Off the beaten path

Armenia is known for its ancient monasteries in the mountains, its unique brandy, and its warm-hearted hospitality. Armenia is a small country in the southern Caucuses bridging Europe and Asia. It is a land of undiscovered natural beauty, historical treasures, and world heritage.

Armenia is known for its ancient monasteries in the mountains, its unique brandy, and its warm-hearted hospitality. Armenia is a small country in the southern Caucuses bridging Europe and Asia. It is a land of undiscovered natural beauty, historical treasures, and world heritage.

On a brilliant summer day in August, our guides tuned off the main road north of the town of Sisian in the Syunik province. Diving on a dirt then gassy path, we past dozens of beehives that are located for the summer in the lower elevations of the mountains – hives that produce exquisite wildflower honey.

The volcanic mountains sculpted by glaciers are host to an extraordinary variety of wildflowers.

We ascended over an hour past lingering fields of snow and arrived at a small sparling glacial lake at about 10,500 feet above sea level near the top of Mount Ughtasar. Some say the mountain resembles the back of a camel and thus its name (“camel” in Armenian is “ukht”) but others suggest that since the name of the mountain predates the silk-road traders traveling through the region on camels, the name refers to the ancient sacred use of the site – the word for “pilgrimage” in Armenian is “ukhtagnats”.

Surrounding the lake are black manganese boulders left behind by an extinct volcano.  Thousands of Paleolithic Era petroglyphs, dating as early as 12,000 BCE are carved onto the flat surfaces of the boulders here and at a nearby site just beyond the nearby peaks.  

The petroglyphs were initially studied in the 1960’s – archeologists are still cataloguing and analyzing these remarkable carvings but since the site is covered with snow nearly nine months of the year due to its elevation, the study of these rock-carvings is possible only during summer months.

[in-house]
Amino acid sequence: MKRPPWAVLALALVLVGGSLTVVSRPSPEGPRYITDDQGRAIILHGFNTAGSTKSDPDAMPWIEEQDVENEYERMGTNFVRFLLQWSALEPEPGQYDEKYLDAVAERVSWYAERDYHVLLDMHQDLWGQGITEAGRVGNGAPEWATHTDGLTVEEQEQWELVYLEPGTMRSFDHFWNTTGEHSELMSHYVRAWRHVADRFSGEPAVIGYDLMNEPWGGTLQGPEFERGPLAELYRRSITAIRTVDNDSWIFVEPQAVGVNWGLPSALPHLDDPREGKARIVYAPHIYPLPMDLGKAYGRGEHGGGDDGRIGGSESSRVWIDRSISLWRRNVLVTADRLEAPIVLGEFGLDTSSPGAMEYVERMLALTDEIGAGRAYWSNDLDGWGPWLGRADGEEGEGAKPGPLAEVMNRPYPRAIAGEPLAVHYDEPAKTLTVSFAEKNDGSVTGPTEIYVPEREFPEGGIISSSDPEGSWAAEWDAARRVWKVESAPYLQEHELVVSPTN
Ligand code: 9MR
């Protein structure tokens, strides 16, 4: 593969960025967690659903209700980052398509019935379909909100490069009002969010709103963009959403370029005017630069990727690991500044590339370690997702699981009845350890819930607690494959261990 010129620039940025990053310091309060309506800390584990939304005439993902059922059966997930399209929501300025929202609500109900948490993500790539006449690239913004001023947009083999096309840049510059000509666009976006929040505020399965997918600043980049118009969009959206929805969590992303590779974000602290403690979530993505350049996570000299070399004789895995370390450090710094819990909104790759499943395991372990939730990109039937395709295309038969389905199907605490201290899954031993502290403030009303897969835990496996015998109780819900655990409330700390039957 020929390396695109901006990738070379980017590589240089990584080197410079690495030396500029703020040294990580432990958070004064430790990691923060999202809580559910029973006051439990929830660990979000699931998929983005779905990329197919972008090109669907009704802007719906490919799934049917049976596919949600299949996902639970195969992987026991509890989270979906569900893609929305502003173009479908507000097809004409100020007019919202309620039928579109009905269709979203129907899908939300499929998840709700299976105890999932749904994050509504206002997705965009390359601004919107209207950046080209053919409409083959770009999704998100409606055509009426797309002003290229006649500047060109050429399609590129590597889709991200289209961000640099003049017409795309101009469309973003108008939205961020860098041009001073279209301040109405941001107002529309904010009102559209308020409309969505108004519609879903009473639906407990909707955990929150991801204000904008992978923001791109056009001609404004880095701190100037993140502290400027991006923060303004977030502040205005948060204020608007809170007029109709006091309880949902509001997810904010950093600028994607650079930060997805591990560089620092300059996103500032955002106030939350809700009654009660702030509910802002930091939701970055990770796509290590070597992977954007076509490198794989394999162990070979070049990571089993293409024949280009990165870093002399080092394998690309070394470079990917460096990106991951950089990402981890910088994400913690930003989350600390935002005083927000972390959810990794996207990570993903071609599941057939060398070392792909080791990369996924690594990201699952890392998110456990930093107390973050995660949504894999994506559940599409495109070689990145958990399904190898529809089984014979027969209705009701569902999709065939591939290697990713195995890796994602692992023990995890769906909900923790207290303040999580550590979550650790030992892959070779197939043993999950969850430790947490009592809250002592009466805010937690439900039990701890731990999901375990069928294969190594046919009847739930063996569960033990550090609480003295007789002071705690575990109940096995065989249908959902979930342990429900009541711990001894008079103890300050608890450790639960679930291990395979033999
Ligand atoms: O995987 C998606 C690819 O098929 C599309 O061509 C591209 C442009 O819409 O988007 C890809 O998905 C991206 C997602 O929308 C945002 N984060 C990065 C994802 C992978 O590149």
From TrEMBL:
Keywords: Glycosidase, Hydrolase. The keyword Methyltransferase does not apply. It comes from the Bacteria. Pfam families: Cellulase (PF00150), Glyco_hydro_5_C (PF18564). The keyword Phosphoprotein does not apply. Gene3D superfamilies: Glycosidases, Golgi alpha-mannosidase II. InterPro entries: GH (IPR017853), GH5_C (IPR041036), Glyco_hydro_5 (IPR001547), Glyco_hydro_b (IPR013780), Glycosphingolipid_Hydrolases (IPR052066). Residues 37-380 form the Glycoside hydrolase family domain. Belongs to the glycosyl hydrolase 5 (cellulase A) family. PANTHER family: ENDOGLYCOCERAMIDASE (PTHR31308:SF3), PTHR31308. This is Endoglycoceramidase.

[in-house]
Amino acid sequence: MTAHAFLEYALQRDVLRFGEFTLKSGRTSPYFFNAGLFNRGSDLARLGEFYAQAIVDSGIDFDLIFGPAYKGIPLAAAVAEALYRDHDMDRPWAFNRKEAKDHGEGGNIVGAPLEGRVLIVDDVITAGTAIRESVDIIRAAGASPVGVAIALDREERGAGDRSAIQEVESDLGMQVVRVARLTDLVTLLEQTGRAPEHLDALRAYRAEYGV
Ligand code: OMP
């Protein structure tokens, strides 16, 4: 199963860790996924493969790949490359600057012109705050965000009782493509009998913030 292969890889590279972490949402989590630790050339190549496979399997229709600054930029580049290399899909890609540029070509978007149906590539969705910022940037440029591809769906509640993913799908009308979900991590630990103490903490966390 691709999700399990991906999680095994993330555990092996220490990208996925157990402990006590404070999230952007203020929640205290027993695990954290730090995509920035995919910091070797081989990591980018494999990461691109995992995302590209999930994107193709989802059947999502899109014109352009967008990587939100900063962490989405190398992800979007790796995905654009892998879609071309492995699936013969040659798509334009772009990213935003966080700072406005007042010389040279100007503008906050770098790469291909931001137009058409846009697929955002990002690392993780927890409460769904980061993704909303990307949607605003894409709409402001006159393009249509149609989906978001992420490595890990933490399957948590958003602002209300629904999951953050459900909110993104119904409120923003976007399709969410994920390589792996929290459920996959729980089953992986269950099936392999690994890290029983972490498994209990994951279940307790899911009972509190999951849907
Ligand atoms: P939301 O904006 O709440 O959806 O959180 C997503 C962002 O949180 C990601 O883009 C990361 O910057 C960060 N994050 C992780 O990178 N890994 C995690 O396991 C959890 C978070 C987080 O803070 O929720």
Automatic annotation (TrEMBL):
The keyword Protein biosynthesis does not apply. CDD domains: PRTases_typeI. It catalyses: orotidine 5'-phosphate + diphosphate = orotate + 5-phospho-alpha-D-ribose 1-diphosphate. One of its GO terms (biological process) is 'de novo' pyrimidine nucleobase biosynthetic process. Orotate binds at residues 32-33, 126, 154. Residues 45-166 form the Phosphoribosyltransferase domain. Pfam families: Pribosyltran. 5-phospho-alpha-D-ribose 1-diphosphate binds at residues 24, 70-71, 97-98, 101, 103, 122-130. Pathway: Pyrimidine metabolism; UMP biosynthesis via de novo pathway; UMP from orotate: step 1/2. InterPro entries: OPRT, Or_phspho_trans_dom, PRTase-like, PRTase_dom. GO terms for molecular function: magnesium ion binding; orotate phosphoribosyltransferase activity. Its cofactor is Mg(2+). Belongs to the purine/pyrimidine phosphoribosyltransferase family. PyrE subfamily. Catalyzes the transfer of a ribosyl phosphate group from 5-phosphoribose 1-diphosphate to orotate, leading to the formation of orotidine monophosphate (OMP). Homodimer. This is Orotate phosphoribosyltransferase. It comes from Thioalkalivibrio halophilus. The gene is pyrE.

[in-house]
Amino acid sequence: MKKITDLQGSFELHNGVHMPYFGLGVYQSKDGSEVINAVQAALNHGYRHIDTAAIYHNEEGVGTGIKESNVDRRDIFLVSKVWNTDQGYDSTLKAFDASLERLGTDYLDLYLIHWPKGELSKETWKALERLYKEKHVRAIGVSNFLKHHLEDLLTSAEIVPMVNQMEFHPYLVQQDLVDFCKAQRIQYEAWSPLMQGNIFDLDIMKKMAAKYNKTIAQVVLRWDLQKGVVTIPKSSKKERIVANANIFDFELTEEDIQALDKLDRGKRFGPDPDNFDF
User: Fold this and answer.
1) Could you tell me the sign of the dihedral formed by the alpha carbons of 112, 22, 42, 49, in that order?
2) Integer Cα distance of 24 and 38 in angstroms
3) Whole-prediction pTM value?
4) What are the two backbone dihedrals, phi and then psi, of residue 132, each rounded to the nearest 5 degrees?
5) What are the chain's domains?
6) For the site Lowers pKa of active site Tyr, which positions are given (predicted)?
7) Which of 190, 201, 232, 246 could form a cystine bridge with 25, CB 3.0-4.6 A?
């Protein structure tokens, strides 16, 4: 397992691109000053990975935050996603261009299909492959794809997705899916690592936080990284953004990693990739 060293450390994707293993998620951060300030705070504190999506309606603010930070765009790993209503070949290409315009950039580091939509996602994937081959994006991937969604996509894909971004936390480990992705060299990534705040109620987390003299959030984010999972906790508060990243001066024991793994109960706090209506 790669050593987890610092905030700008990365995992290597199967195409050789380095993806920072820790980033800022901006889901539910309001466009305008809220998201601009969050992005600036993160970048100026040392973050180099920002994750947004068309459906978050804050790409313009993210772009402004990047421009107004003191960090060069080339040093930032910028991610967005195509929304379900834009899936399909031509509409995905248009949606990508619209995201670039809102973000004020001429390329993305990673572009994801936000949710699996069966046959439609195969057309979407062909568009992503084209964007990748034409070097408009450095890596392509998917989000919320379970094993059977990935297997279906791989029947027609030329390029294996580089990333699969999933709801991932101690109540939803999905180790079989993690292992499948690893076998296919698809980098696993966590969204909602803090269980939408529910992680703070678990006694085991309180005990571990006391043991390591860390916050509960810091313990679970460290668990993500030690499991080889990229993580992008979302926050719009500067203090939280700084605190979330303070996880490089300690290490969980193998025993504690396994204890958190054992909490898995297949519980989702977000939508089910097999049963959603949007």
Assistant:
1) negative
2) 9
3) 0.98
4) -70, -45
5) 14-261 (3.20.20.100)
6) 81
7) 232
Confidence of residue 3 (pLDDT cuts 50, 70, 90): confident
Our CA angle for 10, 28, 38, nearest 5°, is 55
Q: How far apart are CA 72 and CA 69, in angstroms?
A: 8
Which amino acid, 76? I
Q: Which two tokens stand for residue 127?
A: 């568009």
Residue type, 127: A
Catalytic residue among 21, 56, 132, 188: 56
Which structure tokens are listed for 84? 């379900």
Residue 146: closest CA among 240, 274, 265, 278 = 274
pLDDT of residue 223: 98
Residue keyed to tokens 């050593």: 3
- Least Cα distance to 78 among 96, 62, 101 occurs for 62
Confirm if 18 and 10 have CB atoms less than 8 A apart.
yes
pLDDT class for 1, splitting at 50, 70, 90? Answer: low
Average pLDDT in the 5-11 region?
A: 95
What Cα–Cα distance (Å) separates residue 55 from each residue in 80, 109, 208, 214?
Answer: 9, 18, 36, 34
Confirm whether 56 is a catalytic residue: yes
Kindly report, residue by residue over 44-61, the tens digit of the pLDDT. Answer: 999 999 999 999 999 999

What were ancient peoples recording at this windswept site? Recognizable are

goats and mouflons (wild sheep), hunters with bows and arrows, celestial symbols, and our guide pointed out what is believed to be a man and a woman locally referred to as Adam and Eve”.  

Archeologists identify some of the animals we saw as gazelles, deer, aurochs (an extinct type of cattle), horses, boars, dogs, wolves, jackals, panthers, bears and lions.  Boats, houses, spears, and shields, ploughs, and carts as well as a river symbol can be found.

One unique petroglyph pictures two dragon figures.  And researcher Hamlet Martirosyan has proposed that some of the pictograms in sequence are an early writing system.

The magnetism of the Ughtasar Petroglyphs site is not only the power of its deep spiritual history but also its pristine natural beauty. We traveled a short into the hills beyond and set up for a picnic lunch. Hasmik Asatrian-Azoyan who runs the comfortable Basenn Hotel in Syunik has accompanied many of the research teams studying the site. An energetic young business woman, she is among the few Armenians who has climbed Mount Ararat in Turkey near the border of Armenia.  She walked with me pointing out more petroglyphs on the boulders in the grassy, rocky fields full of flowers and butterflies in the clean crisp mountain air.

As we roamed the mountainside we quietly contemplated the artistry and intent of the ancient people who had left evidence of their lives and imaginations for us to ponder.

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